• diy tree skirt tutorial

    In the midst of Crazy Craft Show Prep 2012 (aka the last three weeks), something inside my brain broke down, and I…







    Not sit on my ass and watch more Futurama on Netflix. Not clean up my disaster of a craft studio (Hoarders, here we come!), nor organize my baking cabinet in preparation for holiday baking.


    I sewed.

    Yes, you would think I would have had enough sewing, but that wasn’t the case.

    I wasn’t sewing for anyone else.

    It was all for me.

    And it was Christmas related, so naturally I enjoyed it.

    I made a tree skirt!

    Screen Shot 2017-06-28 at 10.01.57 PM

    Yes, it’s Instagram. Making crappy cell phone pictures look all hipstery since 2008! Or whenever. They started it before it was cool.I stitched that sucker together in TWO hours with NO pattern and NO tutorial.

    “Come on,” you say, “Did you Google a tutorial?”


    I Googled.

    I Pinterested (dude, there’s got to be a better way to make Pinterest searching a verb).

    I found nada.

    Okay, fine, I found plenty. But it was a crapload of tree skirts like this:





    I was like Mommy Dearest with those Ruffled Tree Skirt Tutorials.

    “No Ruffled Tree Skirts EVAR!”

    So with Google and Pinterest having fruitless searches, I conjured my own pattern and tutorial:

    DIY tree skirt
    I wanted to make a super simple tree skirt, and when no patterns existed, I created my own!


    Finished measurement :: Approx. 42″ in diameter

    What you’ll need:

    -1 1/4 yard of main fabric – 45″ width

    -1 1/4 yard of contrast fabric – 45″ width (or if you want the tree skirt to have the same fabric on both sides, you’ll need 2 1/2 yards)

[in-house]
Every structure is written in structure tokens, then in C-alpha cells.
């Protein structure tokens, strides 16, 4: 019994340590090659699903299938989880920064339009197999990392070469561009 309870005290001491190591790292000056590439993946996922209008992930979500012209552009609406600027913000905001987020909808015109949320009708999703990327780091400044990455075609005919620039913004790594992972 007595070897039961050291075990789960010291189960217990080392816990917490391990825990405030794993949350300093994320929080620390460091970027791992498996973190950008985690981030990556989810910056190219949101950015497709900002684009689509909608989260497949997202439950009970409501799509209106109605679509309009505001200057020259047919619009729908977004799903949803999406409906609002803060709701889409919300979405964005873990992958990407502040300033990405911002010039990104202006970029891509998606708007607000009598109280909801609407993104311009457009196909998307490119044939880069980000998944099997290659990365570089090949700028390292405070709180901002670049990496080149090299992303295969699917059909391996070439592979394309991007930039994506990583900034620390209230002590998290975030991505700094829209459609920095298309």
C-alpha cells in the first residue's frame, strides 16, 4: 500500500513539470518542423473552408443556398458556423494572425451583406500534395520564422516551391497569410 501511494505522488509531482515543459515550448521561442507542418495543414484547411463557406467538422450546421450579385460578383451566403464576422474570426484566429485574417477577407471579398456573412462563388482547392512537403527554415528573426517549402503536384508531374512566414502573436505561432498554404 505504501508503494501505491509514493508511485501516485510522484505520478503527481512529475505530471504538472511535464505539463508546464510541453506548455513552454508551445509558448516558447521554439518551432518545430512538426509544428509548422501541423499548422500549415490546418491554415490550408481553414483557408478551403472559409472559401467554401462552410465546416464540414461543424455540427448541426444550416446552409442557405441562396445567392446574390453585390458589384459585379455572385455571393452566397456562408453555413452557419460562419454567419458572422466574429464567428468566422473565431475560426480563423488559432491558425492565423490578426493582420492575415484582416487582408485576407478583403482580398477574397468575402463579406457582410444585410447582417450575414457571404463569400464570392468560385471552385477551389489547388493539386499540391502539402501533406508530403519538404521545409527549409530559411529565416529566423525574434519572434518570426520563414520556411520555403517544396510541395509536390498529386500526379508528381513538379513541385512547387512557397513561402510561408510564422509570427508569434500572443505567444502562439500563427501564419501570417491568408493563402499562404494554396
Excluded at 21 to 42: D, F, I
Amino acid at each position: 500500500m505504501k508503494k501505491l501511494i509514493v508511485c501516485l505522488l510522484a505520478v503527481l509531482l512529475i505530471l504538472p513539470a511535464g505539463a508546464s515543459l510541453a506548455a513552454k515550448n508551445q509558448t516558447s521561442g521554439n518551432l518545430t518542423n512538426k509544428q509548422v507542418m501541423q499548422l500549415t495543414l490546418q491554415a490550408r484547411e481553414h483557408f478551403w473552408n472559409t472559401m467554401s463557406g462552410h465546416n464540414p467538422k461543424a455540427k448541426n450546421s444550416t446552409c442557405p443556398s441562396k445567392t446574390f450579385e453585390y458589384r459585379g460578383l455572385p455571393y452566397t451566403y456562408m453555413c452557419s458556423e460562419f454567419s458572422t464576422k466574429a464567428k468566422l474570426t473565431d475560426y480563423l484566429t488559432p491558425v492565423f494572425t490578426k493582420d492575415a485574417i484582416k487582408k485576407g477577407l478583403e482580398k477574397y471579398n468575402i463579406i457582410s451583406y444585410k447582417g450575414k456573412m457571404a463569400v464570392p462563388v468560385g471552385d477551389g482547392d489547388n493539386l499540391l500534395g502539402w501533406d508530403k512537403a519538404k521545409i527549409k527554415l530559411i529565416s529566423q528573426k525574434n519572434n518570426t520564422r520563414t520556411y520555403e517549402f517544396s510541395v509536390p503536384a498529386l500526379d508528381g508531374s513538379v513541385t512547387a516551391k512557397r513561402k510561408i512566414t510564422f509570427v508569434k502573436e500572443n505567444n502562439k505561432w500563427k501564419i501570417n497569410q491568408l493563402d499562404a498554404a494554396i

If you end up using Home Decor weight, just be sure to calculate the width of your fabric and buy the matching yardage (example, your fabric is 50″ wide, so be sure and convert the yardage to inches before getting it cut to ensure you’re cutting 50″ in yardage).

    -Thread – your choice for coordinating or contrast


    -Tape measure (the flexible kind you see in fabric stores and the Nordstrom bra department!)

    -Fabric marker


    1- Fold your fabric in half, selvage edge to selvage edge, then fold in half again (so you’ve basically got it folded into quarters).

    Selvage edge is the ends that have not been cut- they usually have fabric designer information on one side of the fabric.

    Screen Shot 2017-06-28 at 10.02.28 PM

    Screen Shot 2017-06-28 at 10.02.34 PM

    2- Measure it out.

    Take your fabric marker and your tape measure, hold the 1″ end at the folded corner of your fabric, and mark your fabric (I marked it at 21.25″, because I wanted a 1/2″ seam allowance, and that was as long as I could make it).

    Remember using a compass in geometry class or using one to draw a circle? Same principle.

    Begin at the folded edge, and hold the tape measure at the corner, but rotate the other side (the one at the edge of your fabric) across the fabric, marking as you go.

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    When you’re done, you’ll have a nice curved outline of dashes.

    Using those dashes as a guide, cut that sucker out!